Council of European Municipalities and Regions (CEMR)
European section of United Cities and Local Governments

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Cohesion policy

Cohesion policy - 09.09.2014

Two proposals to boost social, economic and territorial cohesion in the EU
In 2014-2020, a third of the EU Budget will be invested under cohesion policy to help reduce disparities between European regions by supporting growth-enhancing and job-creating investments. 

As we reach the beginning of this new financial period, the European Commission invited the Council of European Municipalities and Regions (CEMR) alongside different actors working on territorial development to the 6th Cohesion Forum* to discuss how the cohesion policy can be more efficient. During her intervention, the President of CEMR and Mayor of Almere (The Netherlands), Annemarie Jorritsma, raised two questions to further boost social, economic and territorial cohesion in Europe. 

Governing in partnership

Today, local and regional governments in the EU are responsible for almost two thirds of all public investment. Consequently, governing in partnership at all stages turns out to be sine qua non condition to reach successful results through the cohesion programmes. However there is still room for improvement during the 2014-2020 programming period, firstly in the central-local working partnership across Europe. Alongside our member associations we carried out a survey that reveals that only a few EU countries fully collaborated with local government when deciding on how €352 billion of EU funds should be spent over the next 7 years.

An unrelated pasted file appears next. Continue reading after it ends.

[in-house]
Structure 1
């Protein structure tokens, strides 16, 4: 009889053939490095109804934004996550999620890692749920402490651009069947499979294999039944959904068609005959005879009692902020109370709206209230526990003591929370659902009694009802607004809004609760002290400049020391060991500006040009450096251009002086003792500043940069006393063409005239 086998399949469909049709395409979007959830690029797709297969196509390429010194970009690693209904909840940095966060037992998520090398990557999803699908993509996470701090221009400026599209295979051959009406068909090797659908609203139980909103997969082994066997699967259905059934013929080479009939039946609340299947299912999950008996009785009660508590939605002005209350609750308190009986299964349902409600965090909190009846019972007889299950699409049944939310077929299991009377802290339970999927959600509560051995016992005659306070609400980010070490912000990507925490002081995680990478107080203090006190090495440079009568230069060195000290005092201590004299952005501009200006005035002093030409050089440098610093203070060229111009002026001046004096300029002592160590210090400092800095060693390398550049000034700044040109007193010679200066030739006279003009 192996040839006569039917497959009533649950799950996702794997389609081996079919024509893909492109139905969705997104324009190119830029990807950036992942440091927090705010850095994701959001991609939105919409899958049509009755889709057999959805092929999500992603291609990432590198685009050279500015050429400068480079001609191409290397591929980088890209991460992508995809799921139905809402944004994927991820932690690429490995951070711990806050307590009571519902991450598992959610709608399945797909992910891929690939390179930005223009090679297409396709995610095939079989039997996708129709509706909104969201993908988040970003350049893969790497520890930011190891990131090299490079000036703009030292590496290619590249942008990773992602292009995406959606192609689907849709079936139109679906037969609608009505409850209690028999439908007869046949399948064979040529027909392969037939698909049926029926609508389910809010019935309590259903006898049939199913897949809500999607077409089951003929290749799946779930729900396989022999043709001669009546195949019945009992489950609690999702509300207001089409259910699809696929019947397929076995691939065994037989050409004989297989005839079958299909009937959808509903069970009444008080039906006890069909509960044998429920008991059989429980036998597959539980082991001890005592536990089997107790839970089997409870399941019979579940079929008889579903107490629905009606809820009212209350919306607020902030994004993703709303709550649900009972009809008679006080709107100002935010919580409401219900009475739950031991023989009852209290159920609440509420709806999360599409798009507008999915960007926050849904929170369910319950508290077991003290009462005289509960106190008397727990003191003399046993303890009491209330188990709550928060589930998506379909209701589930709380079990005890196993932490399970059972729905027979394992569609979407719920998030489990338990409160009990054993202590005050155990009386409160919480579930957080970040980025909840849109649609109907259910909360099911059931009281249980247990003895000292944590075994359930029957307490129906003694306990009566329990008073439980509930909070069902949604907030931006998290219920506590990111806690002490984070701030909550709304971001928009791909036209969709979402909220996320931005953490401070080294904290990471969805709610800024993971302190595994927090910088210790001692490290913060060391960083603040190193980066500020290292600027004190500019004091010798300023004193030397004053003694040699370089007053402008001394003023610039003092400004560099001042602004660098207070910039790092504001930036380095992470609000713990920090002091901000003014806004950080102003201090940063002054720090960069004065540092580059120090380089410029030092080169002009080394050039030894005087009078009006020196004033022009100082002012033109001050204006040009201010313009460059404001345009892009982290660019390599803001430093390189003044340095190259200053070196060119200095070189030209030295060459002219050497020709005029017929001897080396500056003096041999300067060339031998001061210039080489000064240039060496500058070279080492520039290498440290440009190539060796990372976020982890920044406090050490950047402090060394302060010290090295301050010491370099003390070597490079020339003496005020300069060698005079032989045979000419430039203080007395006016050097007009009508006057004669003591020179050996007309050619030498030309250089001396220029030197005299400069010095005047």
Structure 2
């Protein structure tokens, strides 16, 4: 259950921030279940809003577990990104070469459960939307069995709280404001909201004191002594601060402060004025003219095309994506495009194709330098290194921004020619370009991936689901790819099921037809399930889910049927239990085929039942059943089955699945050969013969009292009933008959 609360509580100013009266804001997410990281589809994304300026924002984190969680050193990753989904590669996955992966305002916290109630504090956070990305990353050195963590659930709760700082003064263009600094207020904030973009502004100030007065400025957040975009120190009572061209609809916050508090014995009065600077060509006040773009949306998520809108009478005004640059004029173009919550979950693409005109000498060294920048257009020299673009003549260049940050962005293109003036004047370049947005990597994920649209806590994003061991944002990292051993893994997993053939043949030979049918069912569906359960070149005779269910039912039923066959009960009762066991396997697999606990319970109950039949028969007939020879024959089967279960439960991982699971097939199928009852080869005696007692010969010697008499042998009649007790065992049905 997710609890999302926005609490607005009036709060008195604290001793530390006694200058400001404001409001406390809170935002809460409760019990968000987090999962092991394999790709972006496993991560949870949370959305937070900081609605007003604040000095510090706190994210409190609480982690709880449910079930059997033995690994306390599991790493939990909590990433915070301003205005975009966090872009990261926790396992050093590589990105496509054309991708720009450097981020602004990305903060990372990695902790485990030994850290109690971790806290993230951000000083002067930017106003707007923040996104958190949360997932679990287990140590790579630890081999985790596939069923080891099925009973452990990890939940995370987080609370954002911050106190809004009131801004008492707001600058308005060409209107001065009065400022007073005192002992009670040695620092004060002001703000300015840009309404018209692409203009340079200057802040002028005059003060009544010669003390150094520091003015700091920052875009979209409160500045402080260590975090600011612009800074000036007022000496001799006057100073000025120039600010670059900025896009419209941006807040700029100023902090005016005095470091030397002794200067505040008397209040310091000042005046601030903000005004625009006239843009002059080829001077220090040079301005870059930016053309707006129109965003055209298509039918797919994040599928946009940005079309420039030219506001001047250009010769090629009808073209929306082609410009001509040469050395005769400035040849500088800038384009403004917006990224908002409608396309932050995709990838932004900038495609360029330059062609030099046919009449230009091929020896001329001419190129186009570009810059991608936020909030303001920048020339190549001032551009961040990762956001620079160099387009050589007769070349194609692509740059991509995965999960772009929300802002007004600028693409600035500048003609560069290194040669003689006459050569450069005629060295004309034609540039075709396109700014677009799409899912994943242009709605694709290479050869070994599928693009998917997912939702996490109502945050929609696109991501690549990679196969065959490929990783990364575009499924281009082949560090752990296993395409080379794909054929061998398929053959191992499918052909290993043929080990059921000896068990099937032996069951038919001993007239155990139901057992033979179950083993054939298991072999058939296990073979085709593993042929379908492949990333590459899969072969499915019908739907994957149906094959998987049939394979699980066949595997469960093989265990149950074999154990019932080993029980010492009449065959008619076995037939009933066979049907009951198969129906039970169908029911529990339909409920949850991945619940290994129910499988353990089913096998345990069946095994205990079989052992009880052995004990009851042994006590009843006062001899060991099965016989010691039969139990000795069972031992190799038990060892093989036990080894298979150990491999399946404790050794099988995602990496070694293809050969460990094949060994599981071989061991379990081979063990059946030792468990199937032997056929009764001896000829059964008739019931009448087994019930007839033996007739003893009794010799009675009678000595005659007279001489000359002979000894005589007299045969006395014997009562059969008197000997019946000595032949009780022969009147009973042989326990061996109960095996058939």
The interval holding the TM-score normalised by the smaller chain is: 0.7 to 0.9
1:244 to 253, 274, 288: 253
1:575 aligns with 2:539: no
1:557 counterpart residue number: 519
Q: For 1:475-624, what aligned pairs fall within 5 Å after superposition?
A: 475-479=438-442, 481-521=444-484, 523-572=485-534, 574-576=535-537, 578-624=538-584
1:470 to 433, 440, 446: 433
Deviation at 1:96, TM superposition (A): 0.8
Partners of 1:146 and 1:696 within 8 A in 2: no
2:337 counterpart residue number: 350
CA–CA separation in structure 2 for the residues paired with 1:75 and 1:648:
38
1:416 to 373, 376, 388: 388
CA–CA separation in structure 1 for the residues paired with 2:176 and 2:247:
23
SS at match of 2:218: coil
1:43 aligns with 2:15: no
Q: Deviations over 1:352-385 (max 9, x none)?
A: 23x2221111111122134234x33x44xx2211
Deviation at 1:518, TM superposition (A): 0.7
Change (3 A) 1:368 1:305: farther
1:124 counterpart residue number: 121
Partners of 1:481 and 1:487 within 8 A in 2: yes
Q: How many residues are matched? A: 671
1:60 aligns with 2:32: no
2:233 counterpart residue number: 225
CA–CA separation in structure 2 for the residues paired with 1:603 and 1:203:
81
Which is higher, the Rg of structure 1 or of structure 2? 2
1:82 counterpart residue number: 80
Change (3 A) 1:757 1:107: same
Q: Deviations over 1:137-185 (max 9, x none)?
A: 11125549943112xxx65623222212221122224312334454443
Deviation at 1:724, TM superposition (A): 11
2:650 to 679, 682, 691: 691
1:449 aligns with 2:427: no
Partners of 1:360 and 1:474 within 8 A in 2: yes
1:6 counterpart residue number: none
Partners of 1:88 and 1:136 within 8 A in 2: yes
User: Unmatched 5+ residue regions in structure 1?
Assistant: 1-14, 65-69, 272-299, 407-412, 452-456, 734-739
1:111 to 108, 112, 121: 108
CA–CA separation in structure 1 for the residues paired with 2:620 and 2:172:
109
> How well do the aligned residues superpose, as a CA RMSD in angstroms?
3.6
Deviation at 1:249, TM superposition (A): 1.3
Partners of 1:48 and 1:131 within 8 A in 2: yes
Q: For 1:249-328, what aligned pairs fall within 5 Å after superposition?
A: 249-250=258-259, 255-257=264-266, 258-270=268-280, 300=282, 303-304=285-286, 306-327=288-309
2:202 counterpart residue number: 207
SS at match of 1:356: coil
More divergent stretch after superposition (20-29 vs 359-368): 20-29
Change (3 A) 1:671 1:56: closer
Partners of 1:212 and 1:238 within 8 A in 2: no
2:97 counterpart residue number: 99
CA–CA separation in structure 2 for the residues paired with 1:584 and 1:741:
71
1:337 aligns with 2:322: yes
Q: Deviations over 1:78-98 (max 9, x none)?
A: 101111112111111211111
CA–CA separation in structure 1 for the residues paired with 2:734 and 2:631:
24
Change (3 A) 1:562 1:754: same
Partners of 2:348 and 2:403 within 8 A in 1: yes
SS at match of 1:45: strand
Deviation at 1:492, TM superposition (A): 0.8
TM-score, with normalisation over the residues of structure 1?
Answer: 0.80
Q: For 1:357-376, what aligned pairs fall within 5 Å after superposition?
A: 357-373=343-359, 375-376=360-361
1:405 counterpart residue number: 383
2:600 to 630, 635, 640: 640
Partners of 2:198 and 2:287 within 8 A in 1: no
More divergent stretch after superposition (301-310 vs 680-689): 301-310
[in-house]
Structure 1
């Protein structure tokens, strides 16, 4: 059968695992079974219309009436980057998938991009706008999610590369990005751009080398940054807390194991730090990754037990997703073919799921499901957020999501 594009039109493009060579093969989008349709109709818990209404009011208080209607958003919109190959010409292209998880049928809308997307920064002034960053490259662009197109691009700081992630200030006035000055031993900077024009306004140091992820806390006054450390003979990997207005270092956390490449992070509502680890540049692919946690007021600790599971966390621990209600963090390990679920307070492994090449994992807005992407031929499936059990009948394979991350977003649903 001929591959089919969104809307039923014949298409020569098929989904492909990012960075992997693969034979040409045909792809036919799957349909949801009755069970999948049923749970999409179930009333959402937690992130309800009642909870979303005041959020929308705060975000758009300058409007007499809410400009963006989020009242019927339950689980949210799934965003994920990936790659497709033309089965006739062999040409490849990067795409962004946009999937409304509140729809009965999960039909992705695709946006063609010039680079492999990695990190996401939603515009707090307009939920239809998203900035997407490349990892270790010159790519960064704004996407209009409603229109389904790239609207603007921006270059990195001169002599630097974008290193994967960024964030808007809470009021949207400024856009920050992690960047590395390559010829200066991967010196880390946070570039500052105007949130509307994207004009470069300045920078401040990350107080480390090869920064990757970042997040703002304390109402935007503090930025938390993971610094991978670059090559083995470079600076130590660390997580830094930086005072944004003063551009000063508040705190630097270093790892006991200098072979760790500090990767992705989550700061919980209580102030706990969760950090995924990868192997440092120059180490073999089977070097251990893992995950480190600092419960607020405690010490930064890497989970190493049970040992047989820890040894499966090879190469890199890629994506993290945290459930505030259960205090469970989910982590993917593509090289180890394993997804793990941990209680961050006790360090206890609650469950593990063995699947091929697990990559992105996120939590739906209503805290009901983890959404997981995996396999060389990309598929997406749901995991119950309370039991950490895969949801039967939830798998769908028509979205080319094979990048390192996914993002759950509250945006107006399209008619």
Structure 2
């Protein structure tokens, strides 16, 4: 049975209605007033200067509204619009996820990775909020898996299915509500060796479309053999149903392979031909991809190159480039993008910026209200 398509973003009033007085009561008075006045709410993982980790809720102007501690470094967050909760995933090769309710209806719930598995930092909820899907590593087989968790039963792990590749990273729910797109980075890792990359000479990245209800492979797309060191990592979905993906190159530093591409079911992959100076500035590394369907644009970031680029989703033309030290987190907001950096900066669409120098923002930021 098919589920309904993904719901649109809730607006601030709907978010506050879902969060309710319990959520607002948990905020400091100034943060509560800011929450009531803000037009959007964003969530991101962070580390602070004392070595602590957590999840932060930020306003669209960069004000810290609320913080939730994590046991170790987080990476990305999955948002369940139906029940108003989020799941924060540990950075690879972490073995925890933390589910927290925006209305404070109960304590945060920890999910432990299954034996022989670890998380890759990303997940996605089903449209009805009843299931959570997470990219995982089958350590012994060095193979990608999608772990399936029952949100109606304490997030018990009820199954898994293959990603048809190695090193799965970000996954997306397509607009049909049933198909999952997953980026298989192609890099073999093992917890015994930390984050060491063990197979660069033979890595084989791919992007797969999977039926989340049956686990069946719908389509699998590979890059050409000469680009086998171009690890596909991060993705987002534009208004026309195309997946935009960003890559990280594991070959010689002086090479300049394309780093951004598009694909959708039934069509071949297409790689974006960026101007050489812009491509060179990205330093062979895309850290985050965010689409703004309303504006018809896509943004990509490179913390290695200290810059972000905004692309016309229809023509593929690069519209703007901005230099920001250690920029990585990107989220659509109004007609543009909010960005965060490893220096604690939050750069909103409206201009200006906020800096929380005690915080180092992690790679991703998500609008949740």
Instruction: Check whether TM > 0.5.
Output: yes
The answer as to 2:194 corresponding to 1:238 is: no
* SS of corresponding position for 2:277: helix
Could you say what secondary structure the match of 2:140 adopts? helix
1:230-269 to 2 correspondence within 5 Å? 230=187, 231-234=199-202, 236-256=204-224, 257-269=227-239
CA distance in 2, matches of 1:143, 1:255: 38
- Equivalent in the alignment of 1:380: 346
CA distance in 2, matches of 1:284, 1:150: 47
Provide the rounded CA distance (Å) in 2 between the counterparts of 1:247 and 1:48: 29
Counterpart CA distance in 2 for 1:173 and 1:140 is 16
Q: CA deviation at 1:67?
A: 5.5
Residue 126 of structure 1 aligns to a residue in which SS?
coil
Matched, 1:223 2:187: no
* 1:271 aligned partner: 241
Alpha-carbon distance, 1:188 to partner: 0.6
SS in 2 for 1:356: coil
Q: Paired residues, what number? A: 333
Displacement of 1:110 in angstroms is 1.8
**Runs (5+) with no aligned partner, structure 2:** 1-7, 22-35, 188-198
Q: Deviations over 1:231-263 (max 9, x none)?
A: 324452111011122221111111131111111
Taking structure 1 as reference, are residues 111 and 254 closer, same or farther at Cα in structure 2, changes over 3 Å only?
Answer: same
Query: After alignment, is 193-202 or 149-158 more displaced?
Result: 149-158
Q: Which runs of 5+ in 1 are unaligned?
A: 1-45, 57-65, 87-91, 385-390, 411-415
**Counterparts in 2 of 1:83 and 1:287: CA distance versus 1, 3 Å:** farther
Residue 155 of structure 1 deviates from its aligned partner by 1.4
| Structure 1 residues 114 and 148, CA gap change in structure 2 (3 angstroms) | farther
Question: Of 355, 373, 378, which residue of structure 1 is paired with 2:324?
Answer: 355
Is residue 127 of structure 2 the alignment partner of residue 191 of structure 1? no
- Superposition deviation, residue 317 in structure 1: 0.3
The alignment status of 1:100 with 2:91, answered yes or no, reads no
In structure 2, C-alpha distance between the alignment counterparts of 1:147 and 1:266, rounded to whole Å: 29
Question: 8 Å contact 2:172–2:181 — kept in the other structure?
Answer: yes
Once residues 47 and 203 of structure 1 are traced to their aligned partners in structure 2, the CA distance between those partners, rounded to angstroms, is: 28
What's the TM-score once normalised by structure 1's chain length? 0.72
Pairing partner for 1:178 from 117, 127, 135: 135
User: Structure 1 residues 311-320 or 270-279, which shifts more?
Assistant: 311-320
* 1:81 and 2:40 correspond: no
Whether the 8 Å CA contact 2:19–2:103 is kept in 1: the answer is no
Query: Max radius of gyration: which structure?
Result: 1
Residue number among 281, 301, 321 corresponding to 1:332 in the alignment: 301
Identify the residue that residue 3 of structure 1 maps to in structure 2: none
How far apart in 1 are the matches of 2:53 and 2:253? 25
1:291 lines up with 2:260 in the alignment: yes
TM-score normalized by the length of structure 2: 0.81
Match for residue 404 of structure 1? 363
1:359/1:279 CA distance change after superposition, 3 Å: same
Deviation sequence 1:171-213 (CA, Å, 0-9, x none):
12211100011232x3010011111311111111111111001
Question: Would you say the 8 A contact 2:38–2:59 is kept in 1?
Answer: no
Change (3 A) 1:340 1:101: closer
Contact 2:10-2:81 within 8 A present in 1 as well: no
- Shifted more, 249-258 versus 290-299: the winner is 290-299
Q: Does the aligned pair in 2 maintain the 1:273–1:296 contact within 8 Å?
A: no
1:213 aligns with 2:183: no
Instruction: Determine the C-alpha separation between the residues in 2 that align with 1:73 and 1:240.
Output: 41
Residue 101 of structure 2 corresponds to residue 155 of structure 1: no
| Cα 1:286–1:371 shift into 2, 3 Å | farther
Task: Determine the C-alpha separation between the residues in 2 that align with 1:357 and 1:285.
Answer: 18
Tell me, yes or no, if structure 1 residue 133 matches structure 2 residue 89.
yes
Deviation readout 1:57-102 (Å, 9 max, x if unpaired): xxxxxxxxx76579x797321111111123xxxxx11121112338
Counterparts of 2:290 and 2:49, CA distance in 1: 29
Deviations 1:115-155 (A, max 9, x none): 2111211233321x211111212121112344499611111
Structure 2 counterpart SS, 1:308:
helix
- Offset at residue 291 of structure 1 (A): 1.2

Secondly, in the involvement of economic and social partners. Indeed, these are fundamental in the preparation of the new Cohesion programmes, however “local and regional governments are not stakeholders in the same level as civil society or the industry stakeholders”, stated Ms. Jorritsma, “as elected representative, local government is politically and financially responsible for the EU funding programmes, while economic and social partners are usually beneficiaries.” 

Thirdly, effective partnership and multi-level governance arrangements should not be limited to the dialogue between different levels of government and with other stakeholders in the Member States. It also means a reinforced structured dialogue between the European Commission and the European representative associations. CEMR’s representation within the different expert dialogue groups of the EU Commission is crucial.

The use of instruments to implement EU structural funds

We strongly welcome that the new cohesion policy does include instruments like the Integrated Territorial Investments. Such new tool allows Member States and local government to bundle EU funding for several priority areas (like employment or mobility) in a specific geographical area beyond the traditional administrative divisions (urban areas, surrounding rural regions or even funding inter-municipal cooperation). 

We do believe that by placing local development as the overarching concept, problems may be avoided in regions where managing authorities are pulled between the demands for an urban dimension, a rural dimension and urban-rural links. However, in order to be successful, these instruments should also imply to set up effective partnerships and multi-level governance arrangements, and further harmonization of the rules between EAFRD and ERDF/ESF.

*The 6th Cohesion Forum  took  place on 8 - 9 September 2014 at the European Commission. This year's theme was “Investment for jobs and growth: promoting development and good governance in EU regions and cities”. This meeting aimed at discussing how the next generation of Cohesion Policy programmes (2014-2020) can contribute to the recovery of the European economy. 
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